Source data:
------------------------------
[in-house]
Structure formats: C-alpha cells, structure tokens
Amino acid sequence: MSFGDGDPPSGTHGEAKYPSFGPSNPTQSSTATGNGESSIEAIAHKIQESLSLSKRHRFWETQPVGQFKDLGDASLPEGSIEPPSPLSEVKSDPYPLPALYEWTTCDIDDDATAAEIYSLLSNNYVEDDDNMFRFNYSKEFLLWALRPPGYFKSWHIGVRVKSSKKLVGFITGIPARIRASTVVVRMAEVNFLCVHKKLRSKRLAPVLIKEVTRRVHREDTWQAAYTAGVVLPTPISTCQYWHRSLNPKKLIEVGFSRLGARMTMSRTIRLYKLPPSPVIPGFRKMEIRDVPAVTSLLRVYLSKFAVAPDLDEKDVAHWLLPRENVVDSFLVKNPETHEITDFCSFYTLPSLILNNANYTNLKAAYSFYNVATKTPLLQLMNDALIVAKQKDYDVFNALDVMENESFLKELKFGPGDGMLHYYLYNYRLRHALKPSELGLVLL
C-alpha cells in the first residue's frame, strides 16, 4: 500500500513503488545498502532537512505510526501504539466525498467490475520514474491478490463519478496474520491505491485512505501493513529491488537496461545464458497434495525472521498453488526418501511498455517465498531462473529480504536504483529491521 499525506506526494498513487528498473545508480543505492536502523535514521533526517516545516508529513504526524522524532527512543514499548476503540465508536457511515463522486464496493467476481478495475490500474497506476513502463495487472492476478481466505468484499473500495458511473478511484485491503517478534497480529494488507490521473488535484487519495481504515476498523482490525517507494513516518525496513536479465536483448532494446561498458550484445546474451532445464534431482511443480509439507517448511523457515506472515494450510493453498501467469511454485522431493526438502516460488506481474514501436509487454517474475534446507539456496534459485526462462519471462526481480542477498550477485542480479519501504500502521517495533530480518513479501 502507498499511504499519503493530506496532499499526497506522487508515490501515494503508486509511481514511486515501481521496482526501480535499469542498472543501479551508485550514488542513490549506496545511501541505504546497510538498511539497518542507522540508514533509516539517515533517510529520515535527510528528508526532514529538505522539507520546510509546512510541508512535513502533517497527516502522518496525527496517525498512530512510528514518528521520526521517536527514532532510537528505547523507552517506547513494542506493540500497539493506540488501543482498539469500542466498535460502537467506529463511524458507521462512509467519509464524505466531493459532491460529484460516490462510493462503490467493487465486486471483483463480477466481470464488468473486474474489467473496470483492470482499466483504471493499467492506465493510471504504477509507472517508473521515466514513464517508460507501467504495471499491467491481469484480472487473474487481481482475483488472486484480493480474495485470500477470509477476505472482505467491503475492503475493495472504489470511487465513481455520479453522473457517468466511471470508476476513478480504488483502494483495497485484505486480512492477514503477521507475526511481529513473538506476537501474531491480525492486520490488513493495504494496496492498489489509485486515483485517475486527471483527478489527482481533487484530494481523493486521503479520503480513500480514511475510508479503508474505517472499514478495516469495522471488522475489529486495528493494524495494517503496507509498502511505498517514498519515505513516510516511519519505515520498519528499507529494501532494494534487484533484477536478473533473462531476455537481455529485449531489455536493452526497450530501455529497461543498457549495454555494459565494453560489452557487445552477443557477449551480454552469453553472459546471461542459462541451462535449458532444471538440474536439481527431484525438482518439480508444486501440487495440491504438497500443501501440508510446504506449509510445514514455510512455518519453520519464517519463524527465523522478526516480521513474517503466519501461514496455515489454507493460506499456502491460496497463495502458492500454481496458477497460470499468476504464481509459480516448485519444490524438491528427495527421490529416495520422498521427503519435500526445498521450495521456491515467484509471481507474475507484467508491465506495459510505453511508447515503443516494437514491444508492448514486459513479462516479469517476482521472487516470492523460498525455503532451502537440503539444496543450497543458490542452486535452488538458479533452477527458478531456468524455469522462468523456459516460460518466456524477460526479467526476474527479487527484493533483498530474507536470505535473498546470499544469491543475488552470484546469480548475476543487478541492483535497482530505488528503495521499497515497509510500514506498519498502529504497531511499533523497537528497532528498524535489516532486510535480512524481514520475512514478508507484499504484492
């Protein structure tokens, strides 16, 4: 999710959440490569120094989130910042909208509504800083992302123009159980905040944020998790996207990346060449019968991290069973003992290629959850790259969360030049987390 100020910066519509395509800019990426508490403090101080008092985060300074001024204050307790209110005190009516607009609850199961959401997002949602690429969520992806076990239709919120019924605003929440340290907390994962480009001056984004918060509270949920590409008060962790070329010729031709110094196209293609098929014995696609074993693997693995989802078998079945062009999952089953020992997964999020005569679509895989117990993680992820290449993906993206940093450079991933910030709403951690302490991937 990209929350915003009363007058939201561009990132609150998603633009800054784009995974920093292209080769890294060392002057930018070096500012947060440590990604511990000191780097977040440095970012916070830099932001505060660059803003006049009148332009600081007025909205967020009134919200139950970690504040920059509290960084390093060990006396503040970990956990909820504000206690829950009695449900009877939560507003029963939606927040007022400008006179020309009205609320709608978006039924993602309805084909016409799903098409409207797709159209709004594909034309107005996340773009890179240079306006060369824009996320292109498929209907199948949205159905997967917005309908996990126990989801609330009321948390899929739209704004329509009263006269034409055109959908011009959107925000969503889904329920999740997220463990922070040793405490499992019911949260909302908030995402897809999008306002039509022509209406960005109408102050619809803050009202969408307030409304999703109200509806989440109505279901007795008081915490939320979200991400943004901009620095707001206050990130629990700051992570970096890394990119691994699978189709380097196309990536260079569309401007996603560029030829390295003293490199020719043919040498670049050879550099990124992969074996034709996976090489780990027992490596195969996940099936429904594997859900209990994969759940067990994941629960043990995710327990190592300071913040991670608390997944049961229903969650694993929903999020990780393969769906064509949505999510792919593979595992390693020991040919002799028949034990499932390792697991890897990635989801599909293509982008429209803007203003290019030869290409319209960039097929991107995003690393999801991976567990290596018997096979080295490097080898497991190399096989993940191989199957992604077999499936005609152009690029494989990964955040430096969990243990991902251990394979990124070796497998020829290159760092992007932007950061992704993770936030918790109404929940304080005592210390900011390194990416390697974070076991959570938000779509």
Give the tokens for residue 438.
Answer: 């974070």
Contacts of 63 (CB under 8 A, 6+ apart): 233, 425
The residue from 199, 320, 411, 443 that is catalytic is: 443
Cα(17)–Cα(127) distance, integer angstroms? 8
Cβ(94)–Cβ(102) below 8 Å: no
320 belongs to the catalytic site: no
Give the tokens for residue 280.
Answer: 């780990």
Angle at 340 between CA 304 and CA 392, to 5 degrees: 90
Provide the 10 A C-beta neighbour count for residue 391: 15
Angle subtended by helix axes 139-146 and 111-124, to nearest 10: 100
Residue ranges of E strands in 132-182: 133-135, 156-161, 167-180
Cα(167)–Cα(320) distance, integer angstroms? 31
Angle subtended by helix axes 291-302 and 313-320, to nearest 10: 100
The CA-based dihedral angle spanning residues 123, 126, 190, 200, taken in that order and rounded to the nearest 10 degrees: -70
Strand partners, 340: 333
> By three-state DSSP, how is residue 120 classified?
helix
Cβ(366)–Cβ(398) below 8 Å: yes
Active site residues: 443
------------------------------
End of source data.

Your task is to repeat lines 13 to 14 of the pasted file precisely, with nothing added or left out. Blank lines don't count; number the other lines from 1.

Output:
Give the tokens for residue 280.
Answer: 């780990």